In a confusing case in New Jersey, a 64-year old man, Robert Lintner, was arrested Friday after his wife allegedly stabbed him in the neck and responding officers found he had more black powder stored than legally allowed.
Although officials state that the firearms and ammunition removed from Linter’s home are legally owned, they took exception to his storage of an estimated quantity of some 300 pounds of black powder. New Jersey law limits powder quantities to just 50 pounds and as such Linter was formally charged with creating a widespread risk of hazard.
“Our goal is to document and remove the gunpowder and render the house safe,” Saddle Brook Police Chief Robert Kugler told The Record. “Certainly the amount that is in there has a potential to be a hazard not only to the house but to the adjacent neighbors as well.”
Police responded to Lintner’s home early Friday morning in response to an emergency call following a domestic dispute in which his wife, Eileen Lintner, 65, allegedly stabbed him in the neck with a kitchen knife. Once Linter had been treated, and his wife arrested and booked on charges of second-degree aggravated assault and illegal possession of a weapon, police inquired about guns in the house.
When Linter refused access to his locked gun safes, law enforcement officers requested and received a search warrant. The Cliffview Pilot reported local firefighters were called in to use the Jaws of Life to penetrate the senior’s gun safe security.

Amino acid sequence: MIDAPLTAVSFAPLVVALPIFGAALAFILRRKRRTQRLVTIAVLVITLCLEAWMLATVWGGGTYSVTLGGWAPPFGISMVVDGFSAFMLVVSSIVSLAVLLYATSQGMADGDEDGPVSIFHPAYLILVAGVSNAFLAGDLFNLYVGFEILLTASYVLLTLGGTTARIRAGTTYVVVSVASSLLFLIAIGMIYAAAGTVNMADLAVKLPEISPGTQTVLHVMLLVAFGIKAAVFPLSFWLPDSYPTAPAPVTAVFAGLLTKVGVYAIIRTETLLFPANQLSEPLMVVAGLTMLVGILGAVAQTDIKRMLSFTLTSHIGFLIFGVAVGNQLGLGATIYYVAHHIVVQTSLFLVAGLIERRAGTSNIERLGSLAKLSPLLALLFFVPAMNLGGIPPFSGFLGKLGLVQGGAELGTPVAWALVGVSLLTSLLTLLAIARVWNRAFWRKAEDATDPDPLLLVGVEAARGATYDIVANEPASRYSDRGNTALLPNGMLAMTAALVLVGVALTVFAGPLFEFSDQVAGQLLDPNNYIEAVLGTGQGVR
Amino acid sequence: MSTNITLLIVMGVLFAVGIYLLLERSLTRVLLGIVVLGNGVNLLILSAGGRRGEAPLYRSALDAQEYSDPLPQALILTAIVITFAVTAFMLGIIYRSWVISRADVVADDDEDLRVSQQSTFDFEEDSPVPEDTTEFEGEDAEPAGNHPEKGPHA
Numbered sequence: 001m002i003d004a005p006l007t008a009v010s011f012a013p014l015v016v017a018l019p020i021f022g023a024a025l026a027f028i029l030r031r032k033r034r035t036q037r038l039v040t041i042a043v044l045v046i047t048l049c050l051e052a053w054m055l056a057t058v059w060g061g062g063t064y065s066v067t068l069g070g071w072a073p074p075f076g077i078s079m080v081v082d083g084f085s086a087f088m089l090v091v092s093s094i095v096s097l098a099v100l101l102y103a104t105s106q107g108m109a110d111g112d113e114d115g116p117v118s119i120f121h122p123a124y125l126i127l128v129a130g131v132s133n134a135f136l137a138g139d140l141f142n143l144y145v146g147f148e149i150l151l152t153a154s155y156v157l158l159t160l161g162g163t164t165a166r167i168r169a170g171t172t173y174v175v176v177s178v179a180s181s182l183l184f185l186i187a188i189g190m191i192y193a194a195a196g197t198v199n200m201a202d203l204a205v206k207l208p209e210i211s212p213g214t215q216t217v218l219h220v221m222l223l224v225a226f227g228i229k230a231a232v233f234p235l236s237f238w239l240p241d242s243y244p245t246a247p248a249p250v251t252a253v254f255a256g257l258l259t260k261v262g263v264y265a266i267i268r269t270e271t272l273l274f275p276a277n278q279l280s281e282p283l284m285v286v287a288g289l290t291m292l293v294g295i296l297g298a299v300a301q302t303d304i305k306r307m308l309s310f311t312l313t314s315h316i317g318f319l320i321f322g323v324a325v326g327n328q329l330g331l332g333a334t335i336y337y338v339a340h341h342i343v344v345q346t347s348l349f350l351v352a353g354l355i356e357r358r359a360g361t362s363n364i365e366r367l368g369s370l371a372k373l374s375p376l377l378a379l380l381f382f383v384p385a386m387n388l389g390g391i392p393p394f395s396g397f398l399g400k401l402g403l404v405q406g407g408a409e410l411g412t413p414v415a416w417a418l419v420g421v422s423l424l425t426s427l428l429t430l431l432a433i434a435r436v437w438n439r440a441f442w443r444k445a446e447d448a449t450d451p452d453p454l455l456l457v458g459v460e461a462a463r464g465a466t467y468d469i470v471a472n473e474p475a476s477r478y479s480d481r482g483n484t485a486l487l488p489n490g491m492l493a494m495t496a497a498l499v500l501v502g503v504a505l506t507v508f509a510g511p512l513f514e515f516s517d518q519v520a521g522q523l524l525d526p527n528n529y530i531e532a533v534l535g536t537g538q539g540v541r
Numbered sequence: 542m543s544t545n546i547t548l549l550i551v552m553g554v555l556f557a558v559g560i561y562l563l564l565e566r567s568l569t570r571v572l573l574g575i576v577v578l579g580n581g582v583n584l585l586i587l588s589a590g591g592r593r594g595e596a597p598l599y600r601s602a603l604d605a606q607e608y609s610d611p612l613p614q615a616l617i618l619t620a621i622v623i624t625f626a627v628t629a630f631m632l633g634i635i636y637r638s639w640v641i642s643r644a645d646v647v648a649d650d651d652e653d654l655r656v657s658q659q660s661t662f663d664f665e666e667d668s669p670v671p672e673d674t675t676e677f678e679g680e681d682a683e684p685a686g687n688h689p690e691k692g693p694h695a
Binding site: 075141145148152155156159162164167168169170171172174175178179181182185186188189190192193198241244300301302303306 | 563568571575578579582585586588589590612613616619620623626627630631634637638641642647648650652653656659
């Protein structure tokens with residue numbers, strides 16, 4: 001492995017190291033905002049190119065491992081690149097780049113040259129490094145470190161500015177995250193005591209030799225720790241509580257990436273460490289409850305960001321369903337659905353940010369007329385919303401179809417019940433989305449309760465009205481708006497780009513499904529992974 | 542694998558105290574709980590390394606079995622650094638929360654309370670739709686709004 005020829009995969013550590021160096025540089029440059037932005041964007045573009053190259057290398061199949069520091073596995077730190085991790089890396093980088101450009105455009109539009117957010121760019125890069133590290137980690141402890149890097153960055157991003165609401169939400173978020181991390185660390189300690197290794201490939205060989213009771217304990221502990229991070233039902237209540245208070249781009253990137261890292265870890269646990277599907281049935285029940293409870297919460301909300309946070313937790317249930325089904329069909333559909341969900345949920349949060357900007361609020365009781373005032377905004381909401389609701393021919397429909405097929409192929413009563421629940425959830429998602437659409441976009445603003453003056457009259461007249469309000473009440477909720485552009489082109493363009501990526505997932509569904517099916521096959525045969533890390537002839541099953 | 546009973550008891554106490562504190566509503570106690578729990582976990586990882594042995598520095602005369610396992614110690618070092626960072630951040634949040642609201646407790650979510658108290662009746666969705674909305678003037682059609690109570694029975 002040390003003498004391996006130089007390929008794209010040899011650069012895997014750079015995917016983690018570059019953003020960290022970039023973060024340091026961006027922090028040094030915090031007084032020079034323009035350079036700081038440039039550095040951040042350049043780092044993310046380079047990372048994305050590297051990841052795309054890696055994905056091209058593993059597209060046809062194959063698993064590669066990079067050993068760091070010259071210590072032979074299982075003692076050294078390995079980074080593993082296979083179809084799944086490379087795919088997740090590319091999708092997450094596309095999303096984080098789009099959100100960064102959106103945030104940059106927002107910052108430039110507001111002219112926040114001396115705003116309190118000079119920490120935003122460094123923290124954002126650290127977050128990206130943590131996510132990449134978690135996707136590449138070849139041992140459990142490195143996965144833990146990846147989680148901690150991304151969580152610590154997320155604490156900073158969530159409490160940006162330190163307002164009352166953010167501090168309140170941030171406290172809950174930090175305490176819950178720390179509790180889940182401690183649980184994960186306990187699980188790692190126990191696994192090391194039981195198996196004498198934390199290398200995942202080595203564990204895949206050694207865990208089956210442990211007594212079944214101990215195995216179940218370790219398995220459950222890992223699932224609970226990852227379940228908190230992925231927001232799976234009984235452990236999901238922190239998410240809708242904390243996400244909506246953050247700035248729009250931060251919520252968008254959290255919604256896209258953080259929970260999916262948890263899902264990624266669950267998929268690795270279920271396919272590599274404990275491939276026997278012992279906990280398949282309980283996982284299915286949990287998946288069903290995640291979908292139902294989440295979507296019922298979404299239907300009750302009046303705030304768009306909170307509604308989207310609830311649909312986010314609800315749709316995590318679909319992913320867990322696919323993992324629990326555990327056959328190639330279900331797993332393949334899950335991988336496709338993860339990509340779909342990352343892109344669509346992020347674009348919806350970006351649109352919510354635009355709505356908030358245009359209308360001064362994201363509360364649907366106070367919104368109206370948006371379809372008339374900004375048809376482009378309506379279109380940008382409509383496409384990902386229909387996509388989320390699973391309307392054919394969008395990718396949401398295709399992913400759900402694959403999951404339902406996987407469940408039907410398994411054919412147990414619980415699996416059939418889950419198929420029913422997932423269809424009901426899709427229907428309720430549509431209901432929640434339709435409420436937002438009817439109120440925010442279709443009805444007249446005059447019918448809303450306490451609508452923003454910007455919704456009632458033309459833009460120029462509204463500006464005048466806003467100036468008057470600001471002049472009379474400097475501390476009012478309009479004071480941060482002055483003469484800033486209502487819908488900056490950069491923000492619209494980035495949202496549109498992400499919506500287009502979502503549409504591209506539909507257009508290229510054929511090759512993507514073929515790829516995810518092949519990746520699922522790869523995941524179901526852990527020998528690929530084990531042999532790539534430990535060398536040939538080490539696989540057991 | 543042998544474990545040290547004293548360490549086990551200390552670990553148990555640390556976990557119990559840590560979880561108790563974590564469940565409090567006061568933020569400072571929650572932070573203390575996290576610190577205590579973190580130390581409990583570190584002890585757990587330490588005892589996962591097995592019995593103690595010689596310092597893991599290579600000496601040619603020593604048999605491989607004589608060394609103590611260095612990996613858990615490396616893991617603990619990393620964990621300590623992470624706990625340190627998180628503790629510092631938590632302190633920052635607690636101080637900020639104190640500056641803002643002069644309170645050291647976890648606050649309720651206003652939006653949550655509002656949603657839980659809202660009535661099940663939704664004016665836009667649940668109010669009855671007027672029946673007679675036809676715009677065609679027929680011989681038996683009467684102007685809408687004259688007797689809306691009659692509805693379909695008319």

This led officers, with the help of city public works employees, to temporarily evacuate the neighborhood while they cracked Linter’s gun vaults and removed an estimated 200 firearms and 300 pounds of black powder working late into the night.
Police found so many guns that reports state they had to seek an extension of their original search warrant window past 11 p.m. and remove firearms dumped into trashcans to help speed up the process.
Members of the Bergen County Police Department’s Bomb Squad were called in to assist with the confiscation of the powder. Besides the 50 pound limit, state law also mandates that quantities of powder larger than 5 pounds be stored in a Type 4 magazine, which could mean that Lintner’s stocks may have been improperly stored.
Neighbors in the community told local media that the Linter couple, longtime residents, were quiet and rarely caused “any commotion in that house.”
Both Linters have posted bond and been released from jail with orders not to have contact with each other. They are scheduled for separate court appearances on Tuesday. Until at least then, Saddle Brook officials will maintain custody of Lintner’s firearm, ammo and powder collection. The city between now and then will be cataloging the impounded arms and munitions to ensure whether all are legal, according to Kugler.
“To some degree, I feel bad for Mr. Lintner because he was the victim of a domestic situation and it turned in to him being a defendant of possessing an unlawful amount of gun powder,” said Kugler.